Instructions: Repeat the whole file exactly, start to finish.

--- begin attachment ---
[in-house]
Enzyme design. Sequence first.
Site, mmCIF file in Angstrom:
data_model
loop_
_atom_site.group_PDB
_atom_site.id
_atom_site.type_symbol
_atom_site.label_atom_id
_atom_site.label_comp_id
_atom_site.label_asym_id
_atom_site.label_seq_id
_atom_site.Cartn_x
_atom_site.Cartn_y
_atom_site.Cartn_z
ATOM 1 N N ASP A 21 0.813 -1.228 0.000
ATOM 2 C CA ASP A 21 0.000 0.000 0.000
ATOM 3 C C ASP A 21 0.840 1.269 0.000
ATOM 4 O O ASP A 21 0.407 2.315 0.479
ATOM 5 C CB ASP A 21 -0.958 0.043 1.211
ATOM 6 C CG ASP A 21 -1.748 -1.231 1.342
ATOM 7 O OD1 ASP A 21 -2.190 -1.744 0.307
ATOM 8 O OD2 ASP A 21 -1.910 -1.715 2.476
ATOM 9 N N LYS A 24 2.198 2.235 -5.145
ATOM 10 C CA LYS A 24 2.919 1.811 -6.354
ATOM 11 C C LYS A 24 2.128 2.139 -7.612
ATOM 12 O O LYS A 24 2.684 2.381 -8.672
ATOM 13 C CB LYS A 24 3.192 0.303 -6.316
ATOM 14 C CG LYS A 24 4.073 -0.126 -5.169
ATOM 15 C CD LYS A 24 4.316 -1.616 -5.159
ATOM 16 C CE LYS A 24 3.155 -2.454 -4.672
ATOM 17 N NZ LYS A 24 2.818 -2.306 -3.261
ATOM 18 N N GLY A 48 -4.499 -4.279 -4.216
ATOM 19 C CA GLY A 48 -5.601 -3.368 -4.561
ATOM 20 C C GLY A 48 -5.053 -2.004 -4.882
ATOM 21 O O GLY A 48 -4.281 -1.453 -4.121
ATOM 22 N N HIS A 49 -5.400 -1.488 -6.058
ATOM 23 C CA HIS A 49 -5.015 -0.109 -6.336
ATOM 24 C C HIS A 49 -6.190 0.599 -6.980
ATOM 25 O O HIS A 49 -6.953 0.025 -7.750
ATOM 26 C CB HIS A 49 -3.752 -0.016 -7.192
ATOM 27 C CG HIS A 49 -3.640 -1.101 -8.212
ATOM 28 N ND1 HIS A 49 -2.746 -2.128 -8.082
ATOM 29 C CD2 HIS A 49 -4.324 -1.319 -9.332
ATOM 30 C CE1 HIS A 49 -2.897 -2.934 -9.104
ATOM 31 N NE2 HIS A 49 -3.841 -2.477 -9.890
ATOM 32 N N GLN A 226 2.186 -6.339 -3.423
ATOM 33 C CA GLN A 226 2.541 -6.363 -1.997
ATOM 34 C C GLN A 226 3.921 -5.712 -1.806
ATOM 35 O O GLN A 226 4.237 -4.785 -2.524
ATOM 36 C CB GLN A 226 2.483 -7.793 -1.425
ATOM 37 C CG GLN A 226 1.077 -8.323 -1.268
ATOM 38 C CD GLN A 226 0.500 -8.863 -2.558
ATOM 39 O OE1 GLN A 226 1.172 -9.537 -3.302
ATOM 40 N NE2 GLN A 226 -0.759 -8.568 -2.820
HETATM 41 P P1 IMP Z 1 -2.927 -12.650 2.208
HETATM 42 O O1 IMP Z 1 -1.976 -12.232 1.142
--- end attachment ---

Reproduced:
[in-house]
Enzyme design. Sequence first.
Site, mmCIF file in Angstrom:
data_model
loop_
_atom_site.group_PDB
_atom_site.id
_atom_site.type_symbol
_atom_site.label_atom_id
_atom_site.label_comp_id
_atom_site.label_asym_id
_atom_site.label_seq_id
_atom_site.Cartn_x
_atom_site.Cartn_y
_atom_site.Cartn_z
ATOM 1 N N ASP A 21 0.813 -1.228 0.000
ATOM 2 C CA ASP A 21 0.000 0.000 0.000
ATOM 3 C C ASP A 21 0.840 1.269 0.000
ATOM 4 O O ASP A 21 0.407 2.315 0.479
ATOM 5 C CB ASP A 21 -0.958 0.043 1.211
ATOM 6 C CG ASP A 21 -1.748 -1.231 1.342
ATOM 7 O OD1 ASP A 21 -2.190 -1.744 0.307
ATOM 8 O OD2 ASP A 21 -1.910 -1.715 2.476
ATOM 9 N N LYS A 24 2.198 2.235 -5.145
ATOM 10 C CA LYS A 24 2.919 1.811 -6.354
ATOM 11 C C LYS A 24 2.128 2.139 -7.612
ATOM 12 O O LYS A 24 2.684 2.381 -8.672
ATOM 13 C CB LYS A 24 3.192 0.303 -6.316
ATOM 14 C CG LYS A 24 4.073 -0.126 -5.169
ATOM 15 C CD LYS A 24 4.316 -1.616 -5.159
ATOM 16 C CE LYS A 24 3.155 -2.454 -4.672
ATOM 17 N NZ LYS A 24 2.818 -2.306 -3.261
ATOM 18 N N GLY A 48 -4.499 -4.279 -4.216
ATOM 19 C CA GLY A 48 -5.601 -3.368 -4.561
ATOM 20 C C GLY A 48 -5.053 -2.004 -4.882
ATOM 21 O O GLY A 48 -4.281 -1.453 -4.121
ATOM 22 N N HIS A 49 -5.400 -1.488 -6.058
ATOM 23 C CA HIS A 49 -5.015 -0.109 -6.336
ATOM 24 C C HIS A 49 -6.190 0.599 -6.980
ATOM 25 O O HIS A 49 -6.953 0.025 -7.750
ATOM 26 C CB HIS A 49 -3.752 -0.016 -7.192
ATOM 27 C CG HIS A 49 -3.640 -1.101 -8.212
ATOM 28 N ND1 HIS A 49 -2.746 -2.128 -8.082
ATOM 29 C CD2 HIS A 49 -4.324 -1.319 -9.332
ATOM 30 C CE1 HIS A 49 -2.897 -2.934 -9.104
ATOM 31 N NE2 HIS A 49 -3.841 -2.477 -9.890
ATOM 32 N N GLN A 226 2.186 -6.339 -3.423
ATOM 33 C CA GLN A 226 2.541 -6.363 -1.997
ATOM 34 C C GLN A 226 3.921 -5.712 -1.806
ATOM 35 O O GLN A 226 4.237 -4.785 -2.524
ATOM 36 C CB GLN A 226 2.483 -7.793 -1.425
ATOM 37 C CG GLN A 226 1.077 -8.323 -1.268
ATOM 38 C CD GLN A 226 0.500 -8.863 -2.558
ATOM 39 O OE1 GLN A 226 1.172 -9.537 -3.302
ATOM 40 N NE2 GLN A 226 -0.759 -8.568 -2.820
HETATM 41 P P1 IMP Z 1 -2.927 -12.650 2.208
HETATM 42 O O1 IMP Z 1 -1.976 -12.232 1.142